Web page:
The Canterbury DHB area reported 2433 new cases and 3 deaths. Last week in South Canterbury he had 282 new cases.
Of the deaths reported today, 1 was in his 40s, 1 in his 50s, 3 in his 60s, 7 in his 70s, 15 in his 80s, and 14 in his 90s and older.
1 from Northland, 6 from Auckland area, 4 from Waikato area, 3 from Bay of Plenty, 3 from Lakes, 4 from Hawke’s Bay, 1 from Taranaki, 3 were from Mid-Central, five from the Wellington area, three from Canterbury, one from the West Coast, three from South Canterbury and four from the South.
As of midnight yesterday, 322 people were hospitalized with the virus, including eight in intensive care units.
The 7-day rolling average of community cases increased slightly to 2967. Of the cases announced today, 3173 were reinfections.
The 7-day moving average number of deaths attributed to Covid-19 is 2.
One Covid-19 expert says New Zealand may be at or near the peak of its latest number of cases.
The latest ESR analysis indicates that the Omicron subvariant, which is the main cause of winter waves, remains dominant. Country.
As experts told the Herald ahead of today’s Ministry of Health’s weekly update, the seven-day rolling case average was 2,964, slightly higher than a week ago, but daily cases declined in the past few days. was
Dr David Welch, a computational biologist at the University of Auckland, said that as the increase in reported cases appears to be slowing, “we are likely at or near the peak. ” he said.
The number of re-infections has been steadily increasing, now accounting for about 14% of reported cases, but most cases appear to be people who have been infected with the virus for the first time.
“That group is getting smaller and smaller. Even if it’s peaked, it wouldn’t be surprising given how difficult it is to find people who haven’t had the virus yet.”
Welch had previously noted that the latest increase observed since cases began rising in early October appeared to be consistent with the easing of restrictions in the previous month.
Still, he said he would not know if cases had peaked until there had been a sustained decline in reported infections over several weeks.
In New Zealand, one wave driven by behavioral factors could be seen, followed by another wave driven by newer subspecies, he added.
Dr. Dion O’Neale, a Covid-19 modeler, agreed with that possibility, noting a similar lack of surveillance data.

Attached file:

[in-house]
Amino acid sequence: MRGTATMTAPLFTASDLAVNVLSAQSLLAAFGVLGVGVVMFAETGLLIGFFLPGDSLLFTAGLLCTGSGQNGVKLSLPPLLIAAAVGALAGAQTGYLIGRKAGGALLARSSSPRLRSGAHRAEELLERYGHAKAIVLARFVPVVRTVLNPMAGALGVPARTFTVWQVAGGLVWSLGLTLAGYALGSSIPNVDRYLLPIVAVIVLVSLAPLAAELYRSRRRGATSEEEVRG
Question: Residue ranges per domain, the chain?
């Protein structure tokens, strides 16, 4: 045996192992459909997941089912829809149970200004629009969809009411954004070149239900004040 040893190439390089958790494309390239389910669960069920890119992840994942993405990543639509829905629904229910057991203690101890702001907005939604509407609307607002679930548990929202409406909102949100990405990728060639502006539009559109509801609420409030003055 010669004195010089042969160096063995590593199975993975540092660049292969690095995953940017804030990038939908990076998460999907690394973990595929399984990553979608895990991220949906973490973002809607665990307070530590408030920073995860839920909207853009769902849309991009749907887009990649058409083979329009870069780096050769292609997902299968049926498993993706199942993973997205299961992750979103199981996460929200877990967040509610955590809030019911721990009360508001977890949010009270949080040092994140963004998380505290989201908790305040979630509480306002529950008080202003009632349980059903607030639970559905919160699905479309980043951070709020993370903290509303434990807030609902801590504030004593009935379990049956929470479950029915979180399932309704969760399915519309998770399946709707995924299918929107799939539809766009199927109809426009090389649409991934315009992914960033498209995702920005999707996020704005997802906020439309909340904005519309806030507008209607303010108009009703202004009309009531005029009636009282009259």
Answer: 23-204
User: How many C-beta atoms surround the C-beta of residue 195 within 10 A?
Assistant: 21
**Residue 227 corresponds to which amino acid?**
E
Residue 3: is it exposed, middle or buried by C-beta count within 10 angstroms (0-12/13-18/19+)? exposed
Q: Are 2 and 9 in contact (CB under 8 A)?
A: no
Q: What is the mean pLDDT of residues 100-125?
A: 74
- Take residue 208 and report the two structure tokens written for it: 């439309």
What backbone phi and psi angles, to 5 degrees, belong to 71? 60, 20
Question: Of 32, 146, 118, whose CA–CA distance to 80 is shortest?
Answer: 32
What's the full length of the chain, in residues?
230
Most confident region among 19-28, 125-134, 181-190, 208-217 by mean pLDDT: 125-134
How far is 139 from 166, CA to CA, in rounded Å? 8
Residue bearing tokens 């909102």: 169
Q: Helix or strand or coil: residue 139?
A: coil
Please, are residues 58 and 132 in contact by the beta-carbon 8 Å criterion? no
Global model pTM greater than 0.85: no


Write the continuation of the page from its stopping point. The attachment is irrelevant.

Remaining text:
ESR’s latest subvariant report indicated BA.5. BA.5 accounted for 80% of the samples sequenced between October 15 and 28, and has been our mainstay since replacing Omicron’s cousin BA.2 about midway through the year. cyclic subvariant.
However, sampling representing about 2% of all reported Covid-19 cases, the relatively new BA.2.75 and BQ.1.1 appear to be on the rise, with 11 and 3 hospital cases sequenced, respectively. accounts for %.
Covid-19 Modeling Aotearoa’s O’Neale said the new variant appeared to be increasing the rate of infections in the Wellington area and it was unclear how much this represented the national situation. .
“Perhaps we are approaching the behavior-driven aspect of increasing case numbers at this point, and may switch to a more variant-driven increase,” he said.
“But it’s really hard to tell what’s happening in both right now, and what’s happening in different regions, because a lot of the data is pretty poor at the moment.
If the new subvariant caused more infections, the lack of genome sequencing and underreporting of cases would make it difficult to calculate the confirmed case rate, and the number of infections we don’t know about compared to known infections. You can see the number.
“There aren’t many cases where we’re doing whole-genome sequencing right now, so it can mask a lot of new variant effects.”
Dr. Gemma Geoghegan, an evolutionary virologist at the University of Otago, pointed out that there are indications that an overseas wave is coming from these new subspecies.
Although the limited data we had indicated that various subvariants circulated, her team looked closely at reinfection. This may indicate a new type that circumvents the immunity people gained from previous Omicron infections.
“I think reinfection will be the predominant type of case for some time to come, and this could drive the next bump,” Geoghegan said.
“But this is a very complicated situation, especially in New Zealand.”
https://www.odt.co.nz/star-news/star-national/covid-2433-new-canterbury-cases-reported Covid: 2433 new cases reported in Canterbury